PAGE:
During a recent visit to Lewes, U.S. Sen. Tom Carper stood next to the Canary Creek bridge on New Road discussing a federal funding for flood-prone areas. As he spoke, dozens of dump trucks traveled to and from Lewes, nearly drowning out Carper’s words.
The trucks were heading to Harbor Point, a 69-unit single-family home major subdivision along the Great Marsh, where site work is underway.
“There was more than a little irony during his visit,” said Doug Spelman, president of the Canary Creek homeowners association, a development that borders Harbor Point. “As the senator was explaining the need for federal dollars to supplement the infrastructure needs of the state and county, there was a continuous parade of large tandem-wheeled dump trucks pounding the pavement and further damaging the very bridge that was the symbol of infrastructure need in Sussex County.”
For several weeks, dozens of trucks have streamed up and down New Road, hauling fill dirt to the Harbor View site.
“They start early,” said Greg Pearsall, who lives in the Tradewinds community along New Road. “I can hear each one coming from inside the house, and they keep up a fairly steady stream, about every one to two minutes. Most appear to follow the speed limit, but there are some who really blow by.”
During a 15-minute stretch Sept. 4, 18 dump trucks came and went from the site. The next day, 30 trucks came and went during a 30-minute period.
Area residents say they are worried about the integrity of New Road and the Canary Creek bridge.
In response to the increased truck traffic, Delaware Department of Transportation recently sent a team to inspect the bridge, said Charles McLeod, DelDOT’s director of community relations.
The inspectors found no damage or distress to the bridge, he said, but the roadway near the bridge shows damage.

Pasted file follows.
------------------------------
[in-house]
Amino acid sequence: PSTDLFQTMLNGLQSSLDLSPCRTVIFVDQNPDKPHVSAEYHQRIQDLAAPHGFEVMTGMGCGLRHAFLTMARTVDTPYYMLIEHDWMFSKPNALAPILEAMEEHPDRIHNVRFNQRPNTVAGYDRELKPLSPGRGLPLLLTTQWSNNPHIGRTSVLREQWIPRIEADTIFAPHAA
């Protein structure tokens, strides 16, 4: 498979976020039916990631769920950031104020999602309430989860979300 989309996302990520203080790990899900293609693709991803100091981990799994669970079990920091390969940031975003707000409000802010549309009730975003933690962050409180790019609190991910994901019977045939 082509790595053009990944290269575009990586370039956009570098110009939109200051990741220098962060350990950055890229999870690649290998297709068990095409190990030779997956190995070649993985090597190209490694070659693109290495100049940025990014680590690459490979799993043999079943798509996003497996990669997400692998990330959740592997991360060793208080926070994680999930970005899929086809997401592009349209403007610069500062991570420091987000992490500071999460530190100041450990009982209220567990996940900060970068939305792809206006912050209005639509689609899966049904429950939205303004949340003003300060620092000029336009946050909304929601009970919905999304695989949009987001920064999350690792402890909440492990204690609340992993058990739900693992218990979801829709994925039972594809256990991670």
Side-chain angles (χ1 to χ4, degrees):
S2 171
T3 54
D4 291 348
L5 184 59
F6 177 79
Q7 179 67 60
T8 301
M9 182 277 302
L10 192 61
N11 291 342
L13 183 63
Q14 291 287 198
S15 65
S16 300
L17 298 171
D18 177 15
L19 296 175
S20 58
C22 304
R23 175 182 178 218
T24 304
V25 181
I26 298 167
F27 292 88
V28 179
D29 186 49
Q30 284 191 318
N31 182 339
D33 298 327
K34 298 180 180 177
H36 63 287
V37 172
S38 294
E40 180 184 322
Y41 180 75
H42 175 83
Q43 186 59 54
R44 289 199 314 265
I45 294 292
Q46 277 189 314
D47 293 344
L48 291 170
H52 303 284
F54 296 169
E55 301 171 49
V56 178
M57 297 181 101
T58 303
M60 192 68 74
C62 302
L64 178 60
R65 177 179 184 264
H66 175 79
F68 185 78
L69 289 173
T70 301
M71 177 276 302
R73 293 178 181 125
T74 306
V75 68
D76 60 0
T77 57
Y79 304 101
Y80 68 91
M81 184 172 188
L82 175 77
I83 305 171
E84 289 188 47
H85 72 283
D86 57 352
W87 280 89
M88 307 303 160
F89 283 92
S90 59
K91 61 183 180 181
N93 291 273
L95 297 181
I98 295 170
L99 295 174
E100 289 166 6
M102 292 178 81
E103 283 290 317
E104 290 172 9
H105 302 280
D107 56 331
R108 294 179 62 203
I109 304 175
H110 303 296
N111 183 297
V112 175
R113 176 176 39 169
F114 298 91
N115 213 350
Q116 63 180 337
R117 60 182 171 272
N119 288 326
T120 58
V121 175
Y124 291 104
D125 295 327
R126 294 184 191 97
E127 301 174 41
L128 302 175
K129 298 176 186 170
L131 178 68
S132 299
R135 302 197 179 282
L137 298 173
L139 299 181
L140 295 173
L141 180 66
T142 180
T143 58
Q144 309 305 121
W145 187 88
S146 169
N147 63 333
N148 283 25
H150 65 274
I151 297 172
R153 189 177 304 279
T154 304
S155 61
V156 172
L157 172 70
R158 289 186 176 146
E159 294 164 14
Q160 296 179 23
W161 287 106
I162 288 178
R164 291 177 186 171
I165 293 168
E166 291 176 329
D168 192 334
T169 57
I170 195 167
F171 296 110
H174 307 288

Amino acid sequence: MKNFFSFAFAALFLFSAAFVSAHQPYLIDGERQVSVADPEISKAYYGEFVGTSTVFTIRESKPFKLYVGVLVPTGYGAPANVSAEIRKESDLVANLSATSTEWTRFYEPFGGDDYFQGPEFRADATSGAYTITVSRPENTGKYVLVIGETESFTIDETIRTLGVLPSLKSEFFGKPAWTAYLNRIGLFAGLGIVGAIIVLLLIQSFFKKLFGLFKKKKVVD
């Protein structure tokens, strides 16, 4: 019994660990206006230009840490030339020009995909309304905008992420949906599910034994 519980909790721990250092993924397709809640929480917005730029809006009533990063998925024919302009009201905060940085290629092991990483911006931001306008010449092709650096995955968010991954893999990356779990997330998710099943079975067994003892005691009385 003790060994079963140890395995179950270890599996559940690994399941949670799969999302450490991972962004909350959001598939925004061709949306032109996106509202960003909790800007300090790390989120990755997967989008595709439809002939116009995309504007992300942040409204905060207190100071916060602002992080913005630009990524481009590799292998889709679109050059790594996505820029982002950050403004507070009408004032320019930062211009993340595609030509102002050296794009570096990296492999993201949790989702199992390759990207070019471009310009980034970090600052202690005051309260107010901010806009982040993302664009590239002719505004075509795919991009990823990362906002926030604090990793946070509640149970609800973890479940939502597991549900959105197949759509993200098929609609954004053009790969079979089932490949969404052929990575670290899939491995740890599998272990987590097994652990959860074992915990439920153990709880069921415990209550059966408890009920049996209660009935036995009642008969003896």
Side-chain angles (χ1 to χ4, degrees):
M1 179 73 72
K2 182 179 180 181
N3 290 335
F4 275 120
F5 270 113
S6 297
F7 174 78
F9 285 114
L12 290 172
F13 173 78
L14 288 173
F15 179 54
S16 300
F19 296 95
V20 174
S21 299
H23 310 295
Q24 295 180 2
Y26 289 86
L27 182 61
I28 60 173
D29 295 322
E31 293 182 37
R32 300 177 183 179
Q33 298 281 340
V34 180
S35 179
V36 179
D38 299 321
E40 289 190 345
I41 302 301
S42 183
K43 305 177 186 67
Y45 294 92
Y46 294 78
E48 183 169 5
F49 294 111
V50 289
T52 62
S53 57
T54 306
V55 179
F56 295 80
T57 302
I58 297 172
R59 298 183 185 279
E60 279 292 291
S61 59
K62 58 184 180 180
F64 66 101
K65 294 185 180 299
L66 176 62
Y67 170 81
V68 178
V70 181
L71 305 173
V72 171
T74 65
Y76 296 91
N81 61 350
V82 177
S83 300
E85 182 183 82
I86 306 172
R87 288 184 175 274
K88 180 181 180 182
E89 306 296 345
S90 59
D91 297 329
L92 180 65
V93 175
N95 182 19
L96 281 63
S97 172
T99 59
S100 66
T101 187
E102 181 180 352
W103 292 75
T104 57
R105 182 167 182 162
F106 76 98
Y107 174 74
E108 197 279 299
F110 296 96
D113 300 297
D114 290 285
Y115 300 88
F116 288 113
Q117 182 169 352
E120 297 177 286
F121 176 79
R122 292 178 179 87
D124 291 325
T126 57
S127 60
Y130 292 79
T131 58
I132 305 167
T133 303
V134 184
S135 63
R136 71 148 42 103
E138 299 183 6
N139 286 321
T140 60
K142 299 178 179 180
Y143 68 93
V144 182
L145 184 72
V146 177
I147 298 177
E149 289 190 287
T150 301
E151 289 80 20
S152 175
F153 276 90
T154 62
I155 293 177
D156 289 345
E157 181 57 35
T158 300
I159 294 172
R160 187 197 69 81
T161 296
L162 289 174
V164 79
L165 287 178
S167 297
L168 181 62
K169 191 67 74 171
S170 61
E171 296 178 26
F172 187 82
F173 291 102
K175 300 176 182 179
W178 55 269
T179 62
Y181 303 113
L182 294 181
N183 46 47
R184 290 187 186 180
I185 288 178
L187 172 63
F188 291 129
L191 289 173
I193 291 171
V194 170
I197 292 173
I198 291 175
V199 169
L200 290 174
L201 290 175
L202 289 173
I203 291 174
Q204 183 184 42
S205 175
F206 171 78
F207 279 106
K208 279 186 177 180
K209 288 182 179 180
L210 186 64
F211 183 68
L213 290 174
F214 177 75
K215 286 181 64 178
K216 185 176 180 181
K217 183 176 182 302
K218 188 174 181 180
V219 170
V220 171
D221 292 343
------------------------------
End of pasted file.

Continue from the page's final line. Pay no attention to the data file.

“There is settling on the approaches to the bridge that is creating unevenness and causing a bump,” he said. “We are going to be putting some additional asphalt down on those areas in October to smooth out the transition from the road to the bridge.”
The cost will not be covered by the developer, he said. It is part of general maintenance work on the roadway.
Harbor Point, approved for 69 units on 108 acres, was originally filed in Sussex County in April 2013. It was withdrawn when Lewes officials expressed interest in the project. The developer then worked with Lewes officials on possible annexation, but later opted to withdraw and resubmit the plan to Sussex County. It was approved by the county’s planning and zoning commission in March 2015.
In conditions proffered by then-planning and zoning commissioner Irwin “I.G.” Burton III, basements will be prohibited and all houses must be built one foot above the base-line flood level determined by the Federal Emergency Management Agency.
Jessica Watson, program manager at Sussex Conservation District, said her organization has jurisdiction on sediment and erosion control, and stormwater management.
“There is significant fill proposed for the development, but I don’t have the cut/fill totals for the project,” she said.
She said the amount of fill going on a site is not something her organization deals with. Instead, she said, the Sussex Conservation District reviews the plans to ensure water is being directed to a stormwater facility and that it is properly treated before being discharged. During the construction phase, she said, they require developers to minimize sediment and erosion. At Harbor Point, she said, they required a super silt fence – silt fence and chain-link fence – due to the proximity to sensitive areas including the Great Marsh.
Like much of Lewes, most of the Harbor Point development is within a special flood hazard area, according to FEMA maps. Per Sussex County Code, fill is permitted in that area for the purpose of raising the ground level and to support a building if it meets certain requirements. If the project was in a coastal high-hazard area – areas along the coast susceptible to wave velocity – structural fill to elevate buildings would have been prohibited.
Lewes’ zoning ordinance allows fill within a floodplain, but not for foundations.
Sussex County’s floodplain administrator, Jeff Shockley, did not respond to a request for comment. However, Lewes’ Planning and Developer Officer Tom West has experience with the process. The review and control for placing fill is defined by FEMA’s Letter of Map Revision process, he said, and applicants and the local jurisdiction are involved in that review process. Lewes Building Department Manager Robin Davis is the city’s floodplain administrator.
Whether fill going to the property is legal or not, residents are concerned about the trucks.
“Those trucks have definitely changed the nature of the quiet country road and are destroying it at the same time,” Pearsall said. “I just hope the bridge holds up to the onslaught.”